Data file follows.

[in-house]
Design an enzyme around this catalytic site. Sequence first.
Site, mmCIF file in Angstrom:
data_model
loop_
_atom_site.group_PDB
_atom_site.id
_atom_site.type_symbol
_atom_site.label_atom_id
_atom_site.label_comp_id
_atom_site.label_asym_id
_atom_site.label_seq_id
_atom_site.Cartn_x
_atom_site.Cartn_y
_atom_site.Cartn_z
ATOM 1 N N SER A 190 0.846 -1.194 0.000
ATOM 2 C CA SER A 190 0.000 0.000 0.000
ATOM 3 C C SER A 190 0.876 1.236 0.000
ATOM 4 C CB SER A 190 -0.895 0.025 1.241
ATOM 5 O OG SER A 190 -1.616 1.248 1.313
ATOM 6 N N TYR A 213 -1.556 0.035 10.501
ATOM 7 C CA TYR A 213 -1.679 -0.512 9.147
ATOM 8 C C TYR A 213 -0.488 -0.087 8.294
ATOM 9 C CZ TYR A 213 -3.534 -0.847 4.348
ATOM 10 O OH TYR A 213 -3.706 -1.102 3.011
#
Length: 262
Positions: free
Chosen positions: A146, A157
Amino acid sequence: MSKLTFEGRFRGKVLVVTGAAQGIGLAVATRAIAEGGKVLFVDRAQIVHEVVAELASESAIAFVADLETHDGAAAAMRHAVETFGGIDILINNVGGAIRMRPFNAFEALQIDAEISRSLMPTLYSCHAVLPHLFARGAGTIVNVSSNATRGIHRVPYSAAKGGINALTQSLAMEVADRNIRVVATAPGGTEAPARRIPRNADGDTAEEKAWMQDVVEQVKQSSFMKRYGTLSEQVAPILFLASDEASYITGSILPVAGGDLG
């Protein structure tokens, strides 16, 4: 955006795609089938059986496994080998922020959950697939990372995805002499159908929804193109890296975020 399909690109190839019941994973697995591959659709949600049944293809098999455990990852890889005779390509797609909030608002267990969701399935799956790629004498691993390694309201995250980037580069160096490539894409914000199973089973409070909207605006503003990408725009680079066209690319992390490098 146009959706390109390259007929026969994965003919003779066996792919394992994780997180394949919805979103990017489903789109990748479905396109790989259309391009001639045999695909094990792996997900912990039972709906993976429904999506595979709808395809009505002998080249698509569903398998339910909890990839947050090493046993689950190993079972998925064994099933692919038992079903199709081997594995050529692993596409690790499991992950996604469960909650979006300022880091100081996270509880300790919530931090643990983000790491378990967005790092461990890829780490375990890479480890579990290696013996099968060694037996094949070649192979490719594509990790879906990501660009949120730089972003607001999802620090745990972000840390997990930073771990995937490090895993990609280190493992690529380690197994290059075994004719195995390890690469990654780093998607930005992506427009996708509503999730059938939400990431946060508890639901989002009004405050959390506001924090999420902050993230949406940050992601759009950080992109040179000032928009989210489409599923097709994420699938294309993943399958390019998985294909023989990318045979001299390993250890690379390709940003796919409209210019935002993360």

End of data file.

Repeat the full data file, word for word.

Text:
[in-house]
Design an enzyme around this catalytic site. Sequence first.
Site, mmCIF file in Angstrom:
data_model
loop_
_atom_site.group_PDB
_atom_site.id
_atom_site.type_symbol
_atom_site.label_atom_id
_atom_site.label_comp_id
_atom_site.label_asym_id
_atom_site.label_seq_id
_atom_site.Cartn_x
_atom_site.Cartn_y
_atom_site.Cartn_z
ATOM 1 N N SER A 190 0.846 -1.194 0.000
ATOM 2 C CA SER A 190 0.000 0.000 0.000
ATOM 3 C C SER A 190 0.876 1.236 0.000
ATOM 4 C CB SER A 190 -0.895 0.025 1.241
ATOM 5 O OG SER A 190 -1.616 1.248 1.313
ATOM 6 N N TYR A 213 -1.556 0.035 10.501
ATOM 7 C CA TYR A 213 -1.679 -0.512 9.147
ATOM 8 C C TYR A 213 -0.488 -0.087 8.294
ATOM 9 C CZ TYR A 213 -3.534 -0.847 4.348
ATOM 10 O OH TYR A 213 -3.706 -1.102 3.011
#
Length: 262
Positions: free
Chosen positions: A146, A157
Amino acid sequence: MSKLTFEGRFRGKVLVVTGAAQGIGLAVATRAIAEGGKVLFVDRAQIVHEVVAELASESAIAFVADLETHDGAAAAMRHAVETFGGIDILINNVGGAIRMRPFNAFEALQIDAEISRSLMPTLYSCHAVLPHLFARGAGTIVNVSSNATRGIHRVPYSAAKGGINALTQSLAMEVADRNIRVVATAPGGTEAPARRIPRNADGDTAEEKAWMQDVVEQVKQSSFMKRYGTLSEQVAPILFLASDEASYITGSILPVAGGDLG
């Protein structure tokens, strides 16, 4: 955006795609089938059986496994080998922020959950697939990372995805002499159908929804193109890296975020 399909690109190839019941994973697995591959659709949600049944293809098999455990990852890889005779390509797609909030608002267990969701399935799956790629004498691993390694309201995250980037580069160096490539894409914000199973089973409070909207605006503003990408725009680079066209690319992390490098 146009959706390109390259007929026969994965003919003779066996792919394992994780997180394949919805979103990017489903789109990748479905396109790989259309391009001639045999695909094990792996997900912990039972709906993976429904999506595979709808395809009505002998080249698509569903398998339910909890990839947050090493046993689950190993079972998925064994099933692919038992079903199709081997594995050529692993596409690790499991992950996604469960909650979006300022880091100081996270509880300790919530931090643990983000790491378990967005790092461990890829780490375990890479480890579990290696013996099968060694037996094949070649192979490719594509990790879906990501660009949120730089972003607001999802620090745990972000840390997990930073771990995937490090895993990609280190493992690529380690197994290059075994004719195995390890690469990654780093998607930005992506427009996708509503999730059938939400990431946060508890639901989002009004405050959390506001924090999420902050993230949406940050992601759009950080992109040179000032928009989210489409599923097709994420699938294309993943399958390019998985294909023989990318045979001299390993250890690379390709940003796919409209210019935002993360």